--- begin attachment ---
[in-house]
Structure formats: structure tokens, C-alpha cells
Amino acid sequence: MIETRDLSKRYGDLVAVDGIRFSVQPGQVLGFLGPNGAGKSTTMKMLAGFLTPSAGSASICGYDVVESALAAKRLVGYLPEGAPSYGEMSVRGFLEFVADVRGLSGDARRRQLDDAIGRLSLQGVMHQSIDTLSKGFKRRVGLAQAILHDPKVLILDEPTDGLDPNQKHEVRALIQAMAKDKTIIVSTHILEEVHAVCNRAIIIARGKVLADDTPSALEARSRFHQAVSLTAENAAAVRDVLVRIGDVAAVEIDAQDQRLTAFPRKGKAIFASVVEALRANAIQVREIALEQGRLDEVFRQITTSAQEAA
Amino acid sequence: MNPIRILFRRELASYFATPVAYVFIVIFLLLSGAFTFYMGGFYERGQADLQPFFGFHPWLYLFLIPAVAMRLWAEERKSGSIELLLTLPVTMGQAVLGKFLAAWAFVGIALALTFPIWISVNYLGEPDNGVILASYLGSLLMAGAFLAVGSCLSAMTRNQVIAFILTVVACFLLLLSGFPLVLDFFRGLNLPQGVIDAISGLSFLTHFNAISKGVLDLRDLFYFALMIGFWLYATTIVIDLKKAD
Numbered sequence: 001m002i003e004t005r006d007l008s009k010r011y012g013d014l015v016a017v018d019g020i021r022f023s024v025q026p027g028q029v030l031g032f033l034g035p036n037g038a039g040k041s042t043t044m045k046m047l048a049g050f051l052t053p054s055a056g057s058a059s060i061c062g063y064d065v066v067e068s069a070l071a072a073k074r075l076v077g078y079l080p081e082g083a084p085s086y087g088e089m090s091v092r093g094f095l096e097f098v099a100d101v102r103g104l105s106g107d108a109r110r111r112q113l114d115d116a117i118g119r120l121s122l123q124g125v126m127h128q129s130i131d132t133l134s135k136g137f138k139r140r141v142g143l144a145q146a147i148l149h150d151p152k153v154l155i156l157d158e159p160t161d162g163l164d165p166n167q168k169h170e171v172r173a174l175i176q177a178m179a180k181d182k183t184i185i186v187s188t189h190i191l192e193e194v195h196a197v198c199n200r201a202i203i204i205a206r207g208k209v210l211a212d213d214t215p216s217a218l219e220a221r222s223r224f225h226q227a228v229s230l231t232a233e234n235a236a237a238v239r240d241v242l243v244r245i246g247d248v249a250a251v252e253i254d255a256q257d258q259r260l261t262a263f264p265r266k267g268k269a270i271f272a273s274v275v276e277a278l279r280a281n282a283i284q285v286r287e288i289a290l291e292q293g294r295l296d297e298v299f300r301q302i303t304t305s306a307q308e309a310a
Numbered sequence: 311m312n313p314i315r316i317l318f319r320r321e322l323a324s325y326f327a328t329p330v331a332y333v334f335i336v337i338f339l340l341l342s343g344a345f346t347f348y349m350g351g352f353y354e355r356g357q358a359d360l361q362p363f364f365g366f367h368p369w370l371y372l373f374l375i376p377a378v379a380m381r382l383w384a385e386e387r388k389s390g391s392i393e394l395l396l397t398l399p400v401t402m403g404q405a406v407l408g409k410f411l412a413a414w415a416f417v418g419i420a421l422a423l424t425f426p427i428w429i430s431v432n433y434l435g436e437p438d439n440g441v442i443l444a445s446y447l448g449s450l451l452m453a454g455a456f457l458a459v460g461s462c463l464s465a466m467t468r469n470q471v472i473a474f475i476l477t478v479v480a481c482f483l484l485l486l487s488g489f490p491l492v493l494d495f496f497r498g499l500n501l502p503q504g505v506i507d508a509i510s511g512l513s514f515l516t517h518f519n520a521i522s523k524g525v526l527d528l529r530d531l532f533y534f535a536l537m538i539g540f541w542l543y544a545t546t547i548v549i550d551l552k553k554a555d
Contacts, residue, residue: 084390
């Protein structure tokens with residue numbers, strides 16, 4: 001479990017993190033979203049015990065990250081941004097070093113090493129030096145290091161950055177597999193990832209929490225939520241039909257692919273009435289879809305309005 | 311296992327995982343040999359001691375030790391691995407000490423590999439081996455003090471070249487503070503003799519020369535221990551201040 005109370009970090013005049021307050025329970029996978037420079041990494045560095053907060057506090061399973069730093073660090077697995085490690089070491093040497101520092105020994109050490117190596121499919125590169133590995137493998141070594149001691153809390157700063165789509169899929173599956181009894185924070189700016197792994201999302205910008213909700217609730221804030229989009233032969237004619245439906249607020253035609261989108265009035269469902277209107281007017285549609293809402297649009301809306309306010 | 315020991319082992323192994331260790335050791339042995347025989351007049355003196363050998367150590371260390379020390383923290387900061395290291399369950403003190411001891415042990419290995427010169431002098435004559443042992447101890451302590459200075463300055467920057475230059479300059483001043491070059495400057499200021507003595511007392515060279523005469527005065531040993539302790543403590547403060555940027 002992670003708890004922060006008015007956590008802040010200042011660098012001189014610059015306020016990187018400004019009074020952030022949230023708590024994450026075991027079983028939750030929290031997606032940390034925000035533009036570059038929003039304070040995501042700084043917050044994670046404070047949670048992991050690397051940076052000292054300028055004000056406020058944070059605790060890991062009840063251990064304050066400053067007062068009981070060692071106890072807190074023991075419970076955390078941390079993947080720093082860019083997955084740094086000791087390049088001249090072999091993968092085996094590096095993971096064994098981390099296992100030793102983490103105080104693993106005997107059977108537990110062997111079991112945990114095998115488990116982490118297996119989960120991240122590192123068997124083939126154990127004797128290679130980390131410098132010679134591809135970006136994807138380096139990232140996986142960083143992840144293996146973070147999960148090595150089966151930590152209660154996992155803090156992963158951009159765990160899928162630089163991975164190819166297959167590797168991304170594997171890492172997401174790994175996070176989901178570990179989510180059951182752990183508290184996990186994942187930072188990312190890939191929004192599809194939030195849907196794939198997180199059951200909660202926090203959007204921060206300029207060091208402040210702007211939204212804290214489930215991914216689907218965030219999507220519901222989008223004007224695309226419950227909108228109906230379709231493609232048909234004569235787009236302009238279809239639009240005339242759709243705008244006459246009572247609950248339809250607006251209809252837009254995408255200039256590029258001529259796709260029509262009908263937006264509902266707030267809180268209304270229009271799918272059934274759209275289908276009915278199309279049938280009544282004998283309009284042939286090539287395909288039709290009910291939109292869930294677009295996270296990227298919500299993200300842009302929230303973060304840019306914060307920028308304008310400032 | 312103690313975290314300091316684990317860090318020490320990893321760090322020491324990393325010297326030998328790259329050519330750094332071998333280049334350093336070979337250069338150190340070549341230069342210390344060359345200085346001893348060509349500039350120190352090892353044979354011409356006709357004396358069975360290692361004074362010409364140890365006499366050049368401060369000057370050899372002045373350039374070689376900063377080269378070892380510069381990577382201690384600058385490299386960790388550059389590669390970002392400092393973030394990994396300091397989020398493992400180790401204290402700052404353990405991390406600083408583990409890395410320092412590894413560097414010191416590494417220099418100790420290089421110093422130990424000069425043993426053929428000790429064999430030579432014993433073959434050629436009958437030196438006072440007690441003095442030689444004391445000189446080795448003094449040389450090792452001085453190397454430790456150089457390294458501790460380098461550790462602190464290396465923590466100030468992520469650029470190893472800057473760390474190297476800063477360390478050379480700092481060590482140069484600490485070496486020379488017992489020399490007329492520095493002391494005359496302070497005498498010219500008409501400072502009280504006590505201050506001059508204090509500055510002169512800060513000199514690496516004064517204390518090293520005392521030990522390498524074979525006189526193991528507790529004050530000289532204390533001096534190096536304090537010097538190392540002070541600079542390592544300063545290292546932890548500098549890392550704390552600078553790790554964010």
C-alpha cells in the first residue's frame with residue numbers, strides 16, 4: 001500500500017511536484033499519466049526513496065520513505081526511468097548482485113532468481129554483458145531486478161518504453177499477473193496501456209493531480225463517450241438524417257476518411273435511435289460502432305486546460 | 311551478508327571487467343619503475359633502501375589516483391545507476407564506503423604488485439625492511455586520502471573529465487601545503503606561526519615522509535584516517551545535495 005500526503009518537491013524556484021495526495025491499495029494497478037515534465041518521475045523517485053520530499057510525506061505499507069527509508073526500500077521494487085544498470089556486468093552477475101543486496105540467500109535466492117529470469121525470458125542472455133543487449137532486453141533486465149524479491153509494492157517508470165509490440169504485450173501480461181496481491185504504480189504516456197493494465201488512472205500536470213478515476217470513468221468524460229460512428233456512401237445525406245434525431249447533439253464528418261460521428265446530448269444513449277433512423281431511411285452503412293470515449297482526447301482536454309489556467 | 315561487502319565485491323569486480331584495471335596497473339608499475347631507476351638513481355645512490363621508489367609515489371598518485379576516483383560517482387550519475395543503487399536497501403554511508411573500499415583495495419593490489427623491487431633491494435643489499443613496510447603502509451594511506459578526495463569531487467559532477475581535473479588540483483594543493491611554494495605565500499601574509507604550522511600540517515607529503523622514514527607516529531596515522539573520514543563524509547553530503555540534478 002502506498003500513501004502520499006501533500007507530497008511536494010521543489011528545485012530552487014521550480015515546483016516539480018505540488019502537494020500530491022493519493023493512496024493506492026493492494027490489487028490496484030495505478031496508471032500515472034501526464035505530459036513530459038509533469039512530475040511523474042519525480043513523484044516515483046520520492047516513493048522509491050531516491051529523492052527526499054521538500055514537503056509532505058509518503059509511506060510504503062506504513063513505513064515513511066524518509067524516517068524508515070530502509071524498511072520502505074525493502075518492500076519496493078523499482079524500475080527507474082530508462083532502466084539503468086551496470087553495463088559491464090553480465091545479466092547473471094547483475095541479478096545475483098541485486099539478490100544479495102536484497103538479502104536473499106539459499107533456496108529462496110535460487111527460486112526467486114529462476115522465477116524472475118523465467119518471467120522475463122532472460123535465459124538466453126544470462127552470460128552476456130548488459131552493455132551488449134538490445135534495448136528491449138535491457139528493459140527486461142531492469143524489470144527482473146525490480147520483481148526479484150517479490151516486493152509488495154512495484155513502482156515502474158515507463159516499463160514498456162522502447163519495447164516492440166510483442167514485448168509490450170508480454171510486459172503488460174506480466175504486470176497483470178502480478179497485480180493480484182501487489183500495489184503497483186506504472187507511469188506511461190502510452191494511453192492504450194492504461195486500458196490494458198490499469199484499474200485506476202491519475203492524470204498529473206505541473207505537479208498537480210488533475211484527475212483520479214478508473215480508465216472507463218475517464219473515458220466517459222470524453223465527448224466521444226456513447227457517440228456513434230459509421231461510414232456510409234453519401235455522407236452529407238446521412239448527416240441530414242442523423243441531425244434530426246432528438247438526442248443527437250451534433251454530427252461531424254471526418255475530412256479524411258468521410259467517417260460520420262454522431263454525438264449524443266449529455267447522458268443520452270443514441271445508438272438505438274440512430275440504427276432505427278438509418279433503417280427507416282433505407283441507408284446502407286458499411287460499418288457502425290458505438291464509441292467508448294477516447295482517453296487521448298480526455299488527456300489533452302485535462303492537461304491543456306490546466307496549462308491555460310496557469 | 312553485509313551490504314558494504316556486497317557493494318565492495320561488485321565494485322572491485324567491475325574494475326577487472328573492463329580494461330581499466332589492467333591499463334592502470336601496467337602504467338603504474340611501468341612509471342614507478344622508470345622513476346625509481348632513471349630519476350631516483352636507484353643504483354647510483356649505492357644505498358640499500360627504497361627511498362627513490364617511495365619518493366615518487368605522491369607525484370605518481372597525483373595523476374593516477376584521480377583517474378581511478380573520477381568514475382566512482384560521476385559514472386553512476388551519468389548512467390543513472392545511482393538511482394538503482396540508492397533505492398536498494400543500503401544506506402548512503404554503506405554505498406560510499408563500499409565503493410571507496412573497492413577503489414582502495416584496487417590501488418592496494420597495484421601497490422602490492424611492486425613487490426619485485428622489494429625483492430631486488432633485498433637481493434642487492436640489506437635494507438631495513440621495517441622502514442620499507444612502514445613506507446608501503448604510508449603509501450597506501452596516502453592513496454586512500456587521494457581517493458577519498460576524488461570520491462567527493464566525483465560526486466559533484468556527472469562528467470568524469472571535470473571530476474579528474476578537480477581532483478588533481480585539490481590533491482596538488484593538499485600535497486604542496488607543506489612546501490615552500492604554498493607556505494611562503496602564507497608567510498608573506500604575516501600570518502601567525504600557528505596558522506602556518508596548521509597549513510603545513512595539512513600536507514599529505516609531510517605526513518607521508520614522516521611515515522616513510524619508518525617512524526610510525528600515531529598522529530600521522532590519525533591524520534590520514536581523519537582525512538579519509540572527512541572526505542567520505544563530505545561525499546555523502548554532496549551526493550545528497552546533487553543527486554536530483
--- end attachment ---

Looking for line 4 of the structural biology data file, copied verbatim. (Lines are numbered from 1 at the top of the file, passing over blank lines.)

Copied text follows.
Amino acid sequence: MNPIRILFRRELASYFATPVAYVFIVIFLLLSGAFTFYMGGFYERGQADLQPFFGFHPWLYLFLIPAVAMRLWAEERKSGSIELLLTLPVTMGQAVLGKFLAAWAFVGIALALTFPIWISVNYLGEPDNGVILASYLGSLLMAGAFLAVGSCLSAMTRNQVIAFILTVVACFLLLLSGFPLVLDFFRGLNLPQGVIDAISGLSFLTHFNAISKGVLDLRDLFYFALMIGFWLYATTIVIDLKKAD